Sexual misconduct is a ubiquitous phenomenon, sparing no institution. Moreover, it is hardly unique to our age. Yet by reading news stories this would not be so evident. They would have us believe that the Catholic Church is the worst offender. There is no evidence to support this claim.
The Philadelphia Inquirer is a case in point.
Here is what it said in a recent editorial. “Yes, there have been sexual-abuse scandals at other institutions,” it says, “including public schools, universities, other religious organizations, the media, politics, and Hollywood. But nowhere has the abuse been as widespread and accountability so disregarded.”
How in the world could any newspaper, or for that matter any social scientist, make such a statement? Where are the comparative data?
For example, there is no national databank that collects and publishes sexual abuse by public school teachers or administrators. Worse, calls for such a repository always go unanswered: the educational establishment and the teachers’ unions see to that. And the media routinely give them a pass.
The only data we have on the public schools come from journalists at the Associated Press and USA Today. What they found, in 2007 and 2016, respectively, is astounding: sexual abuse of elementary and secondary students is widespread. Even more outrageous, accountability is lacking. “Passing the trash”—moving molesting teachers from one school district to another—is still going on (in the past, some bishops were guilty of moving offending priests to other parishes, but that is no longer tolerated).
Yes, we have seen universities implicated as well. Again, we don’t have a databank that records instances of sexual misconduct the way the Catholic Church does, but we know from one such school, Michigan State University, that there were 1,168 such reports that took place during the 2017-18 academic year; this was up from 718 the previous academic year.
Regarding other religious organizations, the collection of data on this subject is very spotty. Unlike a hierarchal institution like the Catholic Church, most religious institutions have no centralized mechanism that compiles evidence of sexual abuse. So we are left with anecdotal information.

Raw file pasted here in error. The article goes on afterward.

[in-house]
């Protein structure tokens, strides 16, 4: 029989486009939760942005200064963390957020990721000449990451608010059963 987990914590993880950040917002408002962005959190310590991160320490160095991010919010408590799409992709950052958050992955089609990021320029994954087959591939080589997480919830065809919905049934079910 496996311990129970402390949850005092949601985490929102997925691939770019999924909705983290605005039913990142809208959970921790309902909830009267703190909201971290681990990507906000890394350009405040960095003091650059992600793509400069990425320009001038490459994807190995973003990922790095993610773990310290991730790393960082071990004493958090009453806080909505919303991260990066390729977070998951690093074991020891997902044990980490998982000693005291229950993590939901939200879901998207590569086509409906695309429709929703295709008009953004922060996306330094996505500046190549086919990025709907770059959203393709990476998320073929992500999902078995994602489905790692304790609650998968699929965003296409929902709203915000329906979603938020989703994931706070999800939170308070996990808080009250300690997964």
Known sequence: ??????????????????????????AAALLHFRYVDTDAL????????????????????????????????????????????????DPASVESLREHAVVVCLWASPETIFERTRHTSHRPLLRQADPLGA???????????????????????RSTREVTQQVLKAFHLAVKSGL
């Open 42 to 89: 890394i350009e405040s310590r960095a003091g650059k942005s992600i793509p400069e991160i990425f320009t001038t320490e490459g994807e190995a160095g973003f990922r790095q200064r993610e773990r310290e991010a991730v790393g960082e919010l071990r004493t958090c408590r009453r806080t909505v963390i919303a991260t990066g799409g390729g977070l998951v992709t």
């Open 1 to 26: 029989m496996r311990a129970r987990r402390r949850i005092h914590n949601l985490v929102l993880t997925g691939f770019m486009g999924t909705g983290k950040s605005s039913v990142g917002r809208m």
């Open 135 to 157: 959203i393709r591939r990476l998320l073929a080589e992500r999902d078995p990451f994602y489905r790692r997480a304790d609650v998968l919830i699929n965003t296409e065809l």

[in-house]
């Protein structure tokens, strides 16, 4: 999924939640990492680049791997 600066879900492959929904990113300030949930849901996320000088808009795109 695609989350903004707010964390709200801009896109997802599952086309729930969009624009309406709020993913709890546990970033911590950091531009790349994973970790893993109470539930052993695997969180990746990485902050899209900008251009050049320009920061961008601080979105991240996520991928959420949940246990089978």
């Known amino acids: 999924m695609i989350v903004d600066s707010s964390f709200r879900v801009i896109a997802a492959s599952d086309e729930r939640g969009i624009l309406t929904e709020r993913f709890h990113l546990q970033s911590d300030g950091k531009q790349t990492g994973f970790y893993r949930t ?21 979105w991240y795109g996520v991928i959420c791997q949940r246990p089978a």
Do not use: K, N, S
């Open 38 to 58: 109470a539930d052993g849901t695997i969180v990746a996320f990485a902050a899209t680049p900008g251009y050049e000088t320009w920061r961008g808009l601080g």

Last year, the Pittsburgh Post-Gazette ran a front-page story on sexual abuse in non-Catholic religious organizations. “Some people assume this is a Catholic problem,” said Pastor Jimmy Hinton, a Church of Christ minister from Somerset, Pennsylvania. “It’s not, not at all. There are plenty of Protestant and nondenominational churches that cover-up abuse and knowingly pass abusers from church to church, or quietly dismiss a known abuser and don’t bother to check up on the abuser and don’t know where they settled.”
Similarly, anyone who reads the Jewish newspapers knows that the sexual abuse of minors is a big problem, especially among Orthodox Jewish rabbis. The cover-up is incredible: they have their own rabbinical courts that try these cases, sidestepping the civil and criminal courts. If the Catholic Church held its own canonical courts—bypassing the authorities—it would be the lead story in every media outlet nationwide.
The Philadelphia Inquirer editorial mentions the media, as well it should. CBS, NBC, and Fox News, in particular, have been ravaged with serial abusers at the highest level, and nothing was done about it until recently.
Politics is cited as well. Where do we begin? There have been so many predators, and so little accountability by the leadership in the Republican and Democratic parties, it is mind-boggling.
Ditto for Hollywood. From Harvey Weinstein to Louis C.K., sexual misconduct has been rampant in Tinseltown for decades. We still don’t have a good accounting of all the kids who have been raped.
What about the medical profession? In 2016, the Atlanta Journal Constitution found that more than 2,400 doctors from every state have been sanctioned for sexually abusing their patients. But in more than half the cases, state medical boards, which oversee physician licenses, allowed more than half these doctors to keep their licenses, even in instances where the accusations were deemed to be true.
Why wasn’t the tech sector mentioned? More than 20,000 Google workers staged a walkout across the globe on November 8 to protest the way it treats sexual misconduct. A senior executive received a $90 million exit package after he was credibly accused of sexual misconduct. Forced arbitration, confidentiality agreements, and a general lack of transparency figured prominently in the protest.
But there will be no editorial in the Philadelphia Inquirer blasting these segments of society.
Nor will there be any nationwide push to demand that the Human Resources department in every organization in the nation be required to collect data on sexual offenses, or that a databank be established—especially in the public sector—to track accusations and their disposition.
Why the disinterest? This isn’t about protecting the innocent—if that were true no institution would be spared intense scrutiny—it’s about “getting the Church.”
Why? Because the name of the game is to enervate the moral voice of the Catholic Church, paving the way for greater sexual freedom. This is clueless beyond belief: the emancipation of the id has never led to a greater exercise of liberty; rather, it has led to more sexual misconduct, the very problem the Church’s critics say they want to check.